Dancing with NIXLE
This law enforcement communication service is loaded with potential.
The Newport Beach Police Department is enthusiastically married to NIXLE.
Costa Mesa PD is engaged.
San Clemente is kind of dating.
The OC Sheriff decided not to pursue NIXLE, preferring to embrace Twitter and Facebook. And other coastal cities have been watching and weighing their options.
NIXLE is a secure subscription service that permits law enforcement agencies to send targeted alerts, crime advisories and relevant community news to residents who sign up at nixle.com.
Even if your police department doesn’t use it, you can sign up and gain access to alerts from agencies as diverse as the California Highway Patrol, the California Emergency Management Agency, the National Blue Alert System, and the National Center for Missing and Exploited Children.
It’s free – both to you and your city. And, as one friend says, “it raises your consciousness” about crime trends in your city and neighborhood.
I’ve learned via NIXLE that major crime was down in Newport Beach last year, and that arrest records suggest a majority of crime committed along the coast (especially during the summer months) is executed by people who don’t live here.
NIXLE alerted me to a rash of neighborhood burglaries nearby where doors and windows were left unlocked; an epidemic of bicycle and mail/package thefts; fresh scams that target seniors; and the annual Christmas tradition of smash-and-grab incidents involving cars where gifts and shopping bags are left in clear sight.
I think it’s cool. So does NBPD’s sophisticated Police Chief Jay Johnson, a relentless data-driven pro who combs through it to guide decisions on where to deploy his limited resources. It also helps the police identify trends and share them with residents.
“It’s a tremendous communications tool that permits us to communicate directly and quickly with the community,” he says. “It also gives subscribers the ability to decide what type of communication and information they want to receive.”
In recent weeks, the department issued a ZIP code-specific NIXLE alert that a man suffering from Alzheimer’s had walked away from his home. A volunteer who had been motivated by the alert to join the search discovered him in a nearby canyon.
A NIXLE advisory warned that a ring of scammers was approaching seniors in local shopping center lots and offering to remove dents from their cars for a reasonable price, but taking money without doing the work. Community feedback and tips led to arrests shortly after the first alert.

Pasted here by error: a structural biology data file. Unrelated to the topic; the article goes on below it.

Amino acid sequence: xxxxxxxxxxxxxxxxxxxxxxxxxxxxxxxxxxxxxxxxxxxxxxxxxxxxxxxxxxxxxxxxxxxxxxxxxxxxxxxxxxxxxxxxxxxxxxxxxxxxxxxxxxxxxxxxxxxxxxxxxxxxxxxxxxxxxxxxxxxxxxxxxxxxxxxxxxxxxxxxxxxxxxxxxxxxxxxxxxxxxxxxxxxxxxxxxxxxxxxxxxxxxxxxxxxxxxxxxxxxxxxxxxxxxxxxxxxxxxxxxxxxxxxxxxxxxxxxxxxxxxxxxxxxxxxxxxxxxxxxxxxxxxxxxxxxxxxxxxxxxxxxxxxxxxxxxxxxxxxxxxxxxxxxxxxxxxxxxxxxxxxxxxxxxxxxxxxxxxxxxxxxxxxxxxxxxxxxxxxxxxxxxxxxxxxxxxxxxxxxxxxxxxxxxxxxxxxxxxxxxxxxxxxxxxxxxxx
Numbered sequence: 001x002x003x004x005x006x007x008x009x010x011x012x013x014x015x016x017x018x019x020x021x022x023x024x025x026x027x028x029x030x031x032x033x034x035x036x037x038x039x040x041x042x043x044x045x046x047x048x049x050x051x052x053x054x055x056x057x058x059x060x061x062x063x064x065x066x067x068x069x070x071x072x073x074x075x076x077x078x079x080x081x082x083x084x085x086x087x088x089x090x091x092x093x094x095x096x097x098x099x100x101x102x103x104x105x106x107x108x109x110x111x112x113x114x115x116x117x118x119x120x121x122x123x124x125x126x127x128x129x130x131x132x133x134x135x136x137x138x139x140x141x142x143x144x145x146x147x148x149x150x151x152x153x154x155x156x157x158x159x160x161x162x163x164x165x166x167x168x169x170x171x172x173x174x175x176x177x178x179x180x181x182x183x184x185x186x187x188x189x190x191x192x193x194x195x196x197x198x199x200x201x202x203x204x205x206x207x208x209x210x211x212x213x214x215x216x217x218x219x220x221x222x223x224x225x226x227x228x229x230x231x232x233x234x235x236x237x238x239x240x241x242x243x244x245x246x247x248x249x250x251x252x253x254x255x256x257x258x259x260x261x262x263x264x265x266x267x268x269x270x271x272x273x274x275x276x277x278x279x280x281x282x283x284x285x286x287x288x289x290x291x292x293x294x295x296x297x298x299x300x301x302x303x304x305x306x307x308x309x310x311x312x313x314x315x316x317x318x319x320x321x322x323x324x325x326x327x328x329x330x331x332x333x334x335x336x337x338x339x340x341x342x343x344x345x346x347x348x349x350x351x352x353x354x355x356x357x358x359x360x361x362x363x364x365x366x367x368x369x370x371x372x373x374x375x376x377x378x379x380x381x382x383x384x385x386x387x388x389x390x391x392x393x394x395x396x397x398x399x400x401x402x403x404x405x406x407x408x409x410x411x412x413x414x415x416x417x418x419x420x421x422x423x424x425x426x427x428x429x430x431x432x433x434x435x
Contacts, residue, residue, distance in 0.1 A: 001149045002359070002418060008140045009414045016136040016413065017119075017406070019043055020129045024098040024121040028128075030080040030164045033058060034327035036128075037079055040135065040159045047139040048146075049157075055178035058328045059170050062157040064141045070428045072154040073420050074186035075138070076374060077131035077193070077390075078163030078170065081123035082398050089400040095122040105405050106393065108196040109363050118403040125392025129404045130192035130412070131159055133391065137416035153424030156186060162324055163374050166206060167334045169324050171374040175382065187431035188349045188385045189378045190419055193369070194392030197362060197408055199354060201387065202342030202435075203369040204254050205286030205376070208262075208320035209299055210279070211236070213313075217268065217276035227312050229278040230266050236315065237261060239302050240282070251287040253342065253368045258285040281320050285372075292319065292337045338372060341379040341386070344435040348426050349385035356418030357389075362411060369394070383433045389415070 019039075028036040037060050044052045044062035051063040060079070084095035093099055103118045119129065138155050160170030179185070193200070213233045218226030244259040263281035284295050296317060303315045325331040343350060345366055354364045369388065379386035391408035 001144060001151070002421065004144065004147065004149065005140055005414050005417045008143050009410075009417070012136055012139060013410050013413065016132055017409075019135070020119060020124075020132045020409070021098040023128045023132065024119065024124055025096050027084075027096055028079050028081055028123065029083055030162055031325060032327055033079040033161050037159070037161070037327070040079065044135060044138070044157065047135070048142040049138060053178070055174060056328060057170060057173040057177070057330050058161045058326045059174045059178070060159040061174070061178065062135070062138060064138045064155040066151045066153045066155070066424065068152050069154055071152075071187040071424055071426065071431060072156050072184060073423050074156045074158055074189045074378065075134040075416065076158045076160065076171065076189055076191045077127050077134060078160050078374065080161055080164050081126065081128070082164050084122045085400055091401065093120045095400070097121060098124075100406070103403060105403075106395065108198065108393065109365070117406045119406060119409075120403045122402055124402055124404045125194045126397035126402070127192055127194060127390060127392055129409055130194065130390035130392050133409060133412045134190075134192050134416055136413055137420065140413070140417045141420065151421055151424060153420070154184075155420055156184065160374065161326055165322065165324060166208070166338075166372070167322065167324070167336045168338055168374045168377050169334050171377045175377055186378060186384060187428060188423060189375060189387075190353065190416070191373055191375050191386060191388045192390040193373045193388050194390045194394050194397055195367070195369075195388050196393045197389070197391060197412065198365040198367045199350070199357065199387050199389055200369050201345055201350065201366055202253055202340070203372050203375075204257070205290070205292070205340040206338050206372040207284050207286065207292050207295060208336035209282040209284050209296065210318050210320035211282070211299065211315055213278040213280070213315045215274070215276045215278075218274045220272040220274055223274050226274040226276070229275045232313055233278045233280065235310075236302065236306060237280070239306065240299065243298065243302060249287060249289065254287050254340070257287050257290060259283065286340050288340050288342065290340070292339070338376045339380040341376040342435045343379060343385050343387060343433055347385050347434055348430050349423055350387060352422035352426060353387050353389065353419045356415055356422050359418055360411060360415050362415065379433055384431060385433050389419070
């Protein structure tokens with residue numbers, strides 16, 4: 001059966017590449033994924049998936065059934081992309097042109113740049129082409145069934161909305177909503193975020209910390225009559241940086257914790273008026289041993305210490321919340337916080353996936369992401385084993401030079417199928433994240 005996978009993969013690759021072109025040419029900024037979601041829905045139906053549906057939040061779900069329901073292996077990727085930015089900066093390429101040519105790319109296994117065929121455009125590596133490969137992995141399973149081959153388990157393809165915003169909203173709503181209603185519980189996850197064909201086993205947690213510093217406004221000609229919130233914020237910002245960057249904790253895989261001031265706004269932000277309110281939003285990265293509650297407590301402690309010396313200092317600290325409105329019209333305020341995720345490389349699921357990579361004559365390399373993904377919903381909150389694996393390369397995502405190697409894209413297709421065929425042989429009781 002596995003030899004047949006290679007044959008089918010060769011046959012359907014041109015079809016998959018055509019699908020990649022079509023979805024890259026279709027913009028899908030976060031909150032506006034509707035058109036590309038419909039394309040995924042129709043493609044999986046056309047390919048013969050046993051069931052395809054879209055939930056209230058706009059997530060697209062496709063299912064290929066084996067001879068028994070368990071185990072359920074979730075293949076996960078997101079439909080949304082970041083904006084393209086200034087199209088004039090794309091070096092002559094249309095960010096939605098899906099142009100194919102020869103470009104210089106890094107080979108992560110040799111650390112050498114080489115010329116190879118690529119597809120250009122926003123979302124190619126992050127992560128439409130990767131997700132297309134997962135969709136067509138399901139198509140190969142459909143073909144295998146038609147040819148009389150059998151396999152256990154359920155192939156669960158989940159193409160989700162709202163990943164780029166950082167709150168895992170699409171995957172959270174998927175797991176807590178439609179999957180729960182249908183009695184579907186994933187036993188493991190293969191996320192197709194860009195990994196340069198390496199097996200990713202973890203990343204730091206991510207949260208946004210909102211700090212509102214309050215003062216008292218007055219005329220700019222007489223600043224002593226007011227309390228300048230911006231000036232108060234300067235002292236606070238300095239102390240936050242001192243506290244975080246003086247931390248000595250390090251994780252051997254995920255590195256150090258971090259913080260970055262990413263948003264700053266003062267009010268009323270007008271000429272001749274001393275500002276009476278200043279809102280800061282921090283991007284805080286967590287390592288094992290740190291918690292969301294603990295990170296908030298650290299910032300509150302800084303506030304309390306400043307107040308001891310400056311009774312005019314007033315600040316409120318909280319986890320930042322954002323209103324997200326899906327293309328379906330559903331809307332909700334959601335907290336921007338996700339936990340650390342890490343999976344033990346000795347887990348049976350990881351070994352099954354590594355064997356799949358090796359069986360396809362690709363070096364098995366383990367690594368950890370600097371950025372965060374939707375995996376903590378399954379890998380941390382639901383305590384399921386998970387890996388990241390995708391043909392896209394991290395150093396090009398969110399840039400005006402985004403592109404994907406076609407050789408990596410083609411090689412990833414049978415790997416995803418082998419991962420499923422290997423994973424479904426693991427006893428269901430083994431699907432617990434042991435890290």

A NIXLE alert warned of traffic congestion where a pedestrian had been struck and killed by a car.
The nixle.com service has its limitations – not in its design, but mostly in the way it is used by law enforcement.
It’s most effective in reporting crime statistics and trends, and suggesting ways we can fortify against criminals. It has great potential to keep citizens informed in the event of a major disaster.
It is less helpful in providing real-time information about potentially life-threatening criminal activity such as the recent shooting incident in Fashion Island, and the regional search for the rogue former cop who went on a murderous rampage.
In fairness, no one has promised NIXLE would replace, let alone compete with, social media and its varied sources that help us piece together random facts and information in a crisis (some of it dead wrong.)
Face it: Law enforcement organizations are inherently conservative, cautious and much more reluctant than talk radio and social media to pass along conjecture, rumors and speculation, until they’ve locked down facts. That takes time and analysis. They don’t want to get it wrong.
During the Fashion Island shooting, my first alert was passed along by my daughter, who was in touch with three Facebook “friends” who were variously hiding out in the Tesla Store and the Canaletto Restaurant and running away from the gun shots in the Macy’s parking lot.
I didn’t get the entire picture right away, but enough to be aware and stay away. My NIXLE service was silent. Local newspaper websites didn’t stir. News radio stations began reports after the shooter had been apprehended.
Having said that, departments feeding NIXLE are constantly adjusting their approaches to make the service more relevant to subscribers without spamming them. The greatest value may be in our ability to see the big picture about criminal and public safety activity in our individual ZIP codes.
Their bigger challenge has been getting the word out and encouraging residents to subscribe. NBPD has 3,000 subscribers.
Get text messages and e-mails with safety information, press releases or community event information from NIXLE.
Larry Thomas had a career involving reporting, and corporate and political communications. He decided five years ago that beach-cruising, travel, the theater, and wine deserved a higher priority in his life.